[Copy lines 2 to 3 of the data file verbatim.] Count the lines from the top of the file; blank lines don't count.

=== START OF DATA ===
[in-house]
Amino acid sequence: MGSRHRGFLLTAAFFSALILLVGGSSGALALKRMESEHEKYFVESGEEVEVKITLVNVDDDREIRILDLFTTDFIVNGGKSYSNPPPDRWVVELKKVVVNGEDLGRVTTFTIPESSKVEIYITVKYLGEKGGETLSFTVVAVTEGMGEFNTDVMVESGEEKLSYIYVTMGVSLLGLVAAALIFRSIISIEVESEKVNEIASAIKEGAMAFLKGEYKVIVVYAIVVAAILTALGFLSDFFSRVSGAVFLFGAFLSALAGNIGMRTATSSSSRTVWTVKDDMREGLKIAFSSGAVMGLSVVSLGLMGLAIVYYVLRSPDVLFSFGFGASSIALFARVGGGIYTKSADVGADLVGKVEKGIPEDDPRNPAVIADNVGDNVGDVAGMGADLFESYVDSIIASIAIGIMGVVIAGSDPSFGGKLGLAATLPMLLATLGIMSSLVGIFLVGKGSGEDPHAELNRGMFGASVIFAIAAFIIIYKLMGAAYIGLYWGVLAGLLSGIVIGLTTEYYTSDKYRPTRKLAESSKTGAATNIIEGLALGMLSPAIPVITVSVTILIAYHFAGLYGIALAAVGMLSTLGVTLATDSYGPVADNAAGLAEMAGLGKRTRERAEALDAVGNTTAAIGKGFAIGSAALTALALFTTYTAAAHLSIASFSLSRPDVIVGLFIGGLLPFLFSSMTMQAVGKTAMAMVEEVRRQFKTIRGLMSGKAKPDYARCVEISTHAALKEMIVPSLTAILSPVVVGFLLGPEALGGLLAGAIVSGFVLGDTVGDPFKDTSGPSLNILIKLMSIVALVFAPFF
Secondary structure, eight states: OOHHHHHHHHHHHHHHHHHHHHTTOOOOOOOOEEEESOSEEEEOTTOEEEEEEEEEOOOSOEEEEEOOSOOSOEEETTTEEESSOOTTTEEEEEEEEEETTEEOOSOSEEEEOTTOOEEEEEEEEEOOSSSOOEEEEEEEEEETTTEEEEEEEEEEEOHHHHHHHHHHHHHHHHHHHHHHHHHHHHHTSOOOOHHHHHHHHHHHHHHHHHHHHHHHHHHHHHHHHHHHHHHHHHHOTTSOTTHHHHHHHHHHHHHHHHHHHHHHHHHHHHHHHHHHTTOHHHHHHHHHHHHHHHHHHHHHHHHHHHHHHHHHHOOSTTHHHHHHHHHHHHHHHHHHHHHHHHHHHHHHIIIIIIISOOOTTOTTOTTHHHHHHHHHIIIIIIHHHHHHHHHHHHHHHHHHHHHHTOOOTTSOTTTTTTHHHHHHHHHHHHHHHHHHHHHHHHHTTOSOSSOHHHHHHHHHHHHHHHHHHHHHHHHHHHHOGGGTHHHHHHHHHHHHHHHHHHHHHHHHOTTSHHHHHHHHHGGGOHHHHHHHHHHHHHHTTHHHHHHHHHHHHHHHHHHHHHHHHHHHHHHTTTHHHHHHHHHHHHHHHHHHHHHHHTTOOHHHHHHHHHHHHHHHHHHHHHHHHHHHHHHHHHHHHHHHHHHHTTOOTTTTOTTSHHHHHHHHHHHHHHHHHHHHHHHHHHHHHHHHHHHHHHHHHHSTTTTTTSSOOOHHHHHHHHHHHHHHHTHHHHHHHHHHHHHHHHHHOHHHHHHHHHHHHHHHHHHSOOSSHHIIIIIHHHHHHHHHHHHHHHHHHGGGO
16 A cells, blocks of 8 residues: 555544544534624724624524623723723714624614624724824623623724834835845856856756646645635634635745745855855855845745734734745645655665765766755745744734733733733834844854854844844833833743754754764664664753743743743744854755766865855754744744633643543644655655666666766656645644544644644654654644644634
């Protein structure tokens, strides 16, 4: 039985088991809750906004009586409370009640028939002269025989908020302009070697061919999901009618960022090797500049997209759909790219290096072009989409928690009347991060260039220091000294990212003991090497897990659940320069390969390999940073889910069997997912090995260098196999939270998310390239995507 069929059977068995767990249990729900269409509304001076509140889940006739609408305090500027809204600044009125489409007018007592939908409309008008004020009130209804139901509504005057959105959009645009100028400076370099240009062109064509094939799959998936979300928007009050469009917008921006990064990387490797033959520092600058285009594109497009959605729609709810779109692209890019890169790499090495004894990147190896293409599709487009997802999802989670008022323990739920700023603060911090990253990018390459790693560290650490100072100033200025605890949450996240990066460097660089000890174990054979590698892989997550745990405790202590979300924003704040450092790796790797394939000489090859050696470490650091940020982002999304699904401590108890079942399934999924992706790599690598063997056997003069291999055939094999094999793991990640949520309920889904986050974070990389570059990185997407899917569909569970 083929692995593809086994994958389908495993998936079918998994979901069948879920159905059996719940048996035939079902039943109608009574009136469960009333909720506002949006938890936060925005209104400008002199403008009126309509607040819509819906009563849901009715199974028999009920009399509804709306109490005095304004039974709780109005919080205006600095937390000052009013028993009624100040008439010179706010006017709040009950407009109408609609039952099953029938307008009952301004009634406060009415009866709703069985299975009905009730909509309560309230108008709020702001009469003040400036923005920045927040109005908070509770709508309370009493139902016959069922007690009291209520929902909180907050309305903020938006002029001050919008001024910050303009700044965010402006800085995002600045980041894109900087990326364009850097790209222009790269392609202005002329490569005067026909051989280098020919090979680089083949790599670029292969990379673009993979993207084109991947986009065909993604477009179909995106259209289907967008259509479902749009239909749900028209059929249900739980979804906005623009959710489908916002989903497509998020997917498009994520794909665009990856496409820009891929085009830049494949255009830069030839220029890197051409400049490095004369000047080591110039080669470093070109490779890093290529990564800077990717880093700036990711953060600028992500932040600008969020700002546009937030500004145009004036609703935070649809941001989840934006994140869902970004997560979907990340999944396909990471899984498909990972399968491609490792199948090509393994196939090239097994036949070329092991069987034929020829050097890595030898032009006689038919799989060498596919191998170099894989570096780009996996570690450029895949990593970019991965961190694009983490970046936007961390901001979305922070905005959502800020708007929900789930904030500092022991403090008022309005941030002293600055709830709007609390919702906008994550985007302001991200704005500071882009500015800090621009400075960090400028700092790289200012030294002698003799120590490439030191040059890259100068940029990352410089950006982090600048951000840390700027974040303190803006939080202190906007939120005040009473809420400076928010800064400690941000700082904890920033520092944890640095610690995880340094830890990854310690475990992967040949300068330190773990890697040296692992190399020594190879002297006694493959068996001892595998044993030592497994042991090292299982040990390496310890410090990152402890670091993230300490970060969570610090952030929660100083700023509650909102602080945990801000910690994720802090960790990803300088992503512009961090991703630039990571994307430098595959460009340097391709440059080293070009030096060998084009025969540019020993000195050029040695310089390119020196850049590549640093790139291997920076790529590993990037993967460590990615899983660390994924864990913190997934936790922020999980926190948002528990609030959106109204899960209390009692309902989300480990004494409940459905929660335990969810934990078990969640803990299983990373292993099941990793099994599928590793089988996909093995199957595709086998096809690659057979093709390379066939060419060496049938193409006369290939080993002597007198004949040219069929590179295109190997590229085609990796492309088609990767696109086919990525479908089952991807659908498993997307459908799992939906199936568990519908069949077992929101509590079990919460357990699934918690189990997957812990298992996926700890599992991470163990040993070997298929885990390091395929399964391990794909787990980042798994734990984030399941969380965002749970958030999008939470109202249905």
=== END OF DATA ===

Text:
Amino acid sequence: MGSRHRGFLLTAAFFSALILLVGGSSGALALKRMESEHEKYFVESGEEVEVKITLVNVDDDREIRILDLFTTDFIVNGGKSYSNPPPDRWVVELKKVVVNGEDLGRVTTFTIPESSKVEIYITVKYLGEKGGETLSFTVVAVTEGMGEFNTDVMVESGEEKLSYIYVTMGVSLLGLVAAALIFRSIISIEVESEKVNEIASAIKEGAMAFLKGEYKVIVVYAIVVAAILTALGFLSDFFSRVSGAVFLFGAFLSALAGNIGMRTATSSSSRTVWTVKDDMREGLKIAFSSGAVMGLSVVSLGLMGLAIVYYVLRSPDVLFSFGFGASSIALFARVGGGIYTKSADVGADLVGKVEKGIPEDDPRNPAVIADNVGDNVGDVAGMGADLFESYVDSIIASIAIGIMGVVIAGSDPSFGGKLGLAATLPMLLATLGIMSSLVGIFLVGKGSGEDPHAELNRGMFGASVIFAIAAFIIIYKLMGAAYIGLYWGVLAGLLSGIVIGLTTEYYTSDKYRPTRKLAESSKTGAATNIIEGLALGMLSPAIPVITVSVTILIAYHFAGLYGIALAAVGMLSTLGVTLATDSYGPVADNAAGLAEMAGLGKRTRERAEALDAVGNTTAAIGKGFAIGSAALTALALFTTYTAAAHLSIASFSLSRPDVIVGLFIGGLLPFLFSSMTMQAVGKTAMAMVEEVRRQFKTIRGLMSGKAKPDYARCVEISTHAALKEMIVPSLTAILSPVVVGFLLGPEALGGLLAGAIVSGFVLGDTVGDPFKDTSGPSLNILIKLMSIVALVFAPFF
Secondary structure, eight states: OOHHHHHHHHHHHHHHHHHHHHTTOOOOOOOOEEEESOSEEEEOTTOEEEEEEEEEOOOSOEEEEEOOSOOSOEEETTTEEESSOOTTTEEEEEEEEEETTEEOOSOSEEEEOTTOOEEEEEEEEEOOSSSOOEEEEEEEEEETTTEEEEEEEEEEEOHHHHHHHHHHHHHHHHHHHHHHHHHHHHHTSOOOOHHHHHHHHHHHHHHHHHHHHHHHHHHHHHHHHHHHHHHHHHHOTTSOTTHHHHHHHHHHHHHHHHHHHHHHHHHHHHHHHHHHTTOHHHHHHHHHHHHHHHHHHHHHHHHHHHHHHHHHHOOSTTHHHHHHHHHHHHHHHHHHHHHHHHHHHHHHIIIIIIISOOOTTOTTOTTHHHHHHHHHIIIIIIHHHHHHHHHHHHHHHHHHHHHHTOOOTTSOTTTTTTHHHHHHHHHHHHHHHHHHHHHHHHHTTOSOSSOHHHHHHHHHHHHHHHHHHHHHHHHHHHHOGGGTHHHHHHHHHHHHHHHHHHHHHHHHOTTSHHHHHHHHHGGGOHHHHHHHHHHHHHHTTHHHHHHHHHHHHHHHHHHHHHHHHHHHHHHTTTHHHHHHHHHHHHHHHHHHHHHHHTTOOHHHHHHHHHHHHHHHHHHHHHHHHHHHHHHHHHHHHHHHHHHHTTOOTTTTOTTSHHHHHHHHHHHHHHHHHHHHHHHHHHHHHHHHHHHHHHHHHHSTTTTTTSSOOOHHHHHHHHHHHHHHHTHHHHHHHHHHHHHHHHHHOHHHHHHHHHHHHHHHHHHSOOSSHHIIIIIHHHHHHHHHHHHHHHHHHGGGO